Last week, my colleagues and I attended the AI Summit in San Francisco – keen to hear first-hand how many of our clients, partners and industry peers are leveraging Artificial Intelligence (AI) technologies – and what challenges are impeding adoption.
If there was any doubt, the buzz at this event certainly cemented the fact that the “Fourth industrial revolution” is upon us, and the “AI Gold Rush” is real. Summit attendees and speakers included industry stalwarts like IBM, J&J and GE, dot-com era companies like Facebook, Google and Amazon, and new startups, including X.AI, CrowdFlower, datalog.ai, IPONWEB, and Darktrace.
The common thread across all of these firms, big and small, is an acknowledgement that AI (cognitive-like functions in machines that humans associate with learning and problem solving) will be transformational for business – and the adoption of AI is a mandate for survival in the new economy.
With representation from very different areas: Marketing, Sales, Technology and Consulting – we captured our big “Ahas!” from the sessions:
AI Summit did not disappoint this year! The presenter from Google called out a clear void in the maturity and standardization of specialized tools for development of AI and ML technologies. This revelation is key, as Google is starting to shift their fundamental business model from mobile to AI and Cloud Machine Learning.
On the other side of the coin, Facebook announced their next level AI and ML modeling tools called “Facebook Learn.” A step in the right direction but it remains internal for the time being (with an open source release planned for 2017). It was intriguing to see two industry juggernauts representing two sides of the solution; an excellent opportunity for them to come together on a joint venture (I hope!).
On chatbots, another presenter gave a real world presentation noting that a bot needs to have a degree of sophistication and “smarts” to be ready for an interaction with a human customer and to be able to add meaningful value to the experience.
Moreover, the AI and ML market is projected to reach $2 trillion in the next decade and the first movers in this 2 trillion-dollar industry will take a large part of the pie. For more insights of mine on the summit, please read my LinkedIn blog.
Attending AI Summit was exciting because we heard perspectives from various industries, departments, and business units, including top notch experts from leading academic institutions such as Stanford University and the University of Surrey.
I really appreciated the presentation from Microsoft that covered some nuances of using AI and ML and how they make decisions from pattern recognition. He highlighted a number of correlations which looked fine but were deceptive and should not be used for decision making through AI.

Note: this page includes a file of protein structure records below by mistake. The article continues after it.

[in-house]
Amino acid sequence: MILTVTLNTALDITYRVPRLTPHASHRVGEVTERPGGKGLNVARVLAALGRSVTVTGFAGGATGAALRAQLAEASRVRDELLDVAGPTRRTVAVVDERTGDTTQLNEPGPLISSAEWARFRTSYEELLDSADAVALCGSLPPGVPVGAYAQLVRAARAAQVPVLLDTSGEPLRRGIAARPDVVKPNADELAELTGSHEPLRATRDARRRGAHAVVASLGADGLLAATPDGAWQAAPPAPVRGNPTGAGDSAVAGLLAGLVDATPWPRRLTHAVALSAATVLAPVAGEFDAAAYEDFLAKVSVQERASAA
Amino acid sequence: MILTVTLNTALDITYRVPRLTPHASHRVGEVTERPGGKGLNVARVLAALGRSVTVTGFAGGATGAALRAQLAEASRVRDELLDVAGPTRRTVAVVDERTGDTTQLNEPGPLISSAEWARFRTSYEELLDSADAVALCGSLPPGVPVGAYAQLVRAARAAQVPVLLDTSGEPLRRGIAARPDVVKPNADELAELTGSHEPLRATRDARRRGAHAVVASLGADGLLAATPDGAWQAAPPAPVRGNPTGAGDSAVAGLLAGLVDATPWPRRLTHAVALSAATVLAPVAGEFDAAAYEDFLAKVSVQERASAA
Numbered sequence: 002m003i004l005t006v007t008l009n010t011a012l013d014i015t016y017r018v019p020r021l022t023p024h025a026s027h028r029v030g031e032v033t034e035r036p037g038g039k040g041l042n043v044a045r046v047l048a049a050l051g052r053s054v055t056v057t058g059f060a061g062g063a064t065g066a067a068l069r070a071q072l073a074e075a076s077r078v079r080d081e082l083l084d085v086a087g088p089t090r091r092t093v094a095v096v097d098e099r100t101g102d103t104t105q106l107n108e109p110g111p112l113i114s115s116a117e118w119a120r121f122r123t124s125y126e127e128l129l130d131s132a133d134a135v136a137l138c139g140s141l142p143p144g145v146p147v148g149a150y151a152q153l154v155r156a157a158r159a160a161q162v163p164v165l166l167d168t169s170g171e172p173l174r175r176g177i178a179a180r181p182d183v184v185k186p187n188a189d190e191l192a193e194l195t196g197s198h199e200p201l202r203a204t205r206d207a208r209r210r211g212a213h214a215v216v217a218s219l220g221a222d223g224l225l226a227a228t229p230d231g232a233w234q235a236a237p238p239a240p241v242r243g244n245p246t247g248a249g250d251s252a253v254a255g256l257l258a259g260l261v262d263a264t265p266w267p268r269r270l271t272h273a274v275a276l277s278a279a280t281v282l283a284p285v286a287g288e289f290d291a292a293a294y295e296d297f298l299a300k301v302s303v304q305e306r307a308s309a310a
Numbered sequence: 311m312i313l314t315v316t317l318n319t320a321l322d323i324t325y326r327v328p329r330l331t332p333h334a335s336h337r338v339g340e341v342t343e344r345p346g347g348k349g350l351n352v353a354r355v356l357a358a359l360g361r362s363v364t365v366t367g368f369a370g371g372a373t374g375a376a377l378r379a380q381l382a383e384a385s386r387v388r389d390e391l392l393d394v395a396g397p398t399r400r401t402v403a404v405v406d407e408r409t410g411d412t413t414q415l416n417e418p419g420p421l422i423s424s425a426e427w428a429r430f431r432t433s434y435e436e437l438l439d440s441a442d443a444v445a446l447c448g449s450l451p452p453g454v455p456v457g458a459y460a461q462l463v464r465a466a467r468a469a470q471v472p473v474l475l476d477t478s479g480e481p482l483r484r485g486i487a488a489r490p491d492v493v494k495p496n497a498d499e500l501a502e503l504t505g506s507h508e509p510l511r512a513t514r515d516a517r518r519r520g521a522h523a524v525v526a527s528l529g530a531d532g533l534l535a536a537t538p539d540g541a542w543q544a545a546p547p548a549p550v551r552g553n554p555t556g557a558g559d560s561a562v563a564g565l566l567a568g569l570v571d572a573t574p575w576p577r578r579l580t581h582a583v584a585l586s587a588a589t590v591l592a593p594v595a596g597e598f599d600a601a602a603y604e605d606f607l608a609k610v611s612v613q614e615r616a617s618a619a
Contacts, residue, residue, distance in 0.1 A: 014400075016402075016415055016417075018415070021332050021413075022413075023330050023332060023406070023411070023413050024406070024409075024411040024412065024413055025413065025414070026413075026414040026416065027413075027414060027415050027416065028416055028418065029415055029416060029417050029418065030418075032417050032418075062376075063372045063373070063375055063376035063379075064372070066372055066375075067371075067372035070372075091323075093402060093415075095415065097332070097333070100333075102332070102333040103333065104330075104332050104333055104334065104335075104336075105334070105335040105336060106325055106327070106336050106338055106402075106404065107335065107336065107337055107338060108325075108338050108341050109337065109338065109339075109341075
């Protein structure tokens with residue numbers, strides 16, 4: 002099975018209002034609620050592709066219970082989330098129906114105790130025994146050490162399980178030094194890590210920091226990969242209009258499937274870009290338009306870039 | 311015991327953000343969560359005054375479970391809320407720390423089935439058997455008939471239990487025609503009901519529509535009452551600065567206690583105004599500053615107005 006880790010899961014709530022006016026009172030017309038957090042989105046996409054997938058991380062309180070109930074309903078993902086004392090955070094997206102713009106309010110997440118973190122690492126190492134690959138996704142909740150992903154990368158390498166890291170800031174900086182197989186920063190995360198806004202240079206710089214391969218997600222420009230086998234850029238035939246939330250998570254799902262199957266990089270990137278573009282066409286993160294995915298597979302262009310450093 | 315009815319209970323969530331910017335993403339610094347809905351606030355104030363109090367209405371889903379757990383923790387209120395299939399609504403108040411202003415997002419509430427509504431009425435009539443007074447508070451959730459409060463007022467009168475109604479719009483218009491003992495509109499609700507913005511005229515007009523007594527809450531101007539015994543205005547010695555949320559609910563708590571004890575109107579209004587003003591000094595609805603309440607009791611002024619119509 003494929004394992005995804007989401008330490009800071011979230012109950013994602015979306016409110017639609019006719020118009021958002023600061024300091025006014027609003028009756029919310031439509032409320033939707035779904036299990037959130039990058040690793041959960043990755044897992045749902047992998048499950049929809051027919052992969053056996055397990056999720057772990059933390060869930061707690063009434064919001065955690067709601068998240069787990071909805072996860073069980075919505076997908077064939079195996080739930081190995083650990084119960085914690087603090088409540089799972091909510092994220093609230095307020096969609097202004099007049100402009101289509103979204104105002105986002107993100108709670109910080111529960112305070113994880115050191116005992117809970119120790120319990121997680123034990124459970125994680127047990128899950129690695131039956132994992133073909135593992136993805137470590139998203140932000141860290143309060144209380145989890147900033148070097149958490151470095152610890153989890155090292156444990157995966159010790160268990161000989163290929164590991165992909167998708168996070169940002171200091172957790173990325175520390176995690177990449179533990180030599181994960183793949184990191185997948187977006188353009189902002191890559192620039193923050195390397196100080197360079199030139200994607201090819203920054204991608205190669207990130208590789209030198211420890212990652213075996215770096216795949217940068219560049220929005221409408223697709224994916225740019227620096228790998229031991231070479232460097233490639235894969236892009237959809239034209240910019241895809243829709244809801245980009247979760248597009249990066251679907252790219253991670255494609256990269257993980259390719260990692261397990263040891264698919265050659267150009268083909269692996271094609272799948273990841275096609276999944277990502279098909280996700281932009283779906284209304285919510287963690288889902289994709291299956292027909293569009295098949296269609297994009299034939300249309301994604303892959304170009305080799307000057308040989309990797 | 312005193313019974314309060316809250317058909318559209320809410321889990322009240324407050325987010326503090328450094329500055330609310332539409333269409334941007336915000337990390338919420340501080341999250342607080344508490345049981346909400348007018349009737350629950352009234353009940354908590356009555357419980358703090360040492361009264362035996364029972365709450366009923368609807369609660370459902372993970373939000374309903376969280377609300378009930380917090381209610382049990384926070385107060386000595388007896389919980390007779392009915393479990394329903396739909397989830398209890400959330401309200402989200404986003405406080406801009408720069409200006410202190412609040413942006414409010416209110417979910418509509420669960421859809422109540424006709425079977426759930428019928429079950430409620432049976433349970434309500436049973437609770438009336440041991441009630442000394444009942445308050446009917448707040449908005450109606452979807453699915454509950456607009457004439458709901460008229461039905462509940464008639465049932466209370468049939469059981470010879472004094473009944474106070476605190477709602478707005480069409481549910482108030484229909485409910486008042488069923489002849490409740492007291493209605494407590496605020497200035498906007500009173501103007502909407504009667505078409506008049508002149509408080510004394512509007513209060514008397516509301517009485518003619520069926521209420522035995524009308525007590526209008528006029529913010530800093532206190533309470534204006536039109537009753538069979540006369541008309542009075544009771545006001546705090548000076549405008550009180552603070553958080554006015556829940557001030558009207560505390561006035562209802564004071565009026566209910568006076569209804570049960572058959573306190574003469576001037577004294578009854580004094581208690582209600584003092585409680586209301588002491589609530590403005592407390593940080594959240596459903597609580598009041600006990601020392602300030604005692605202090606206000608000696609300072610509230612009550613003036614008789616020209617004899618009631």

The AI market has a long way to go; it is important to note that it varies from person to person and from an industry use case perspective. AI is clearly becoming a critical part of the future enterprise strategy of many industries. It will work hand in hand with humans to solve the most critical and challenging problems of our world and will soon touch every aspect of our lives, from personal to professional. Check out my LinkedIn blog for my complete review of the summit.
After attending several sessions by some very knowledgeable speakers, it became extremely clear that, over the long term, the only competitive advantage or differentiation enterprises will have is data and how effectively it is used to conceptualize, design, personalize, service and sell their products and services.
Tremendous amounts of data are generated and will be generated through every aspect of business and technology process life cycles. The promise of AI will be the ability to sequence, format, infer, recommend and possibly create an extremely personalized products and services which fluidly learn and adapt over time as the consumer’s or subscriber’s needs and desires change.
Easier said than done! I am convinced that our biggest “Aha!” moment will be when intelligent machines and humans collaborate successfully in real time. My entire assessment of the summit can be found on my LinkedIn blog.
There were many common themes at the AI Summit; the push toward open source solutions, cost reduction through insightful automation, and partnering to bring innovations to market faster. Providers that are flexible, innovative and focused on the customer will be the leaders of the AI industry in the coming years. The race is on!
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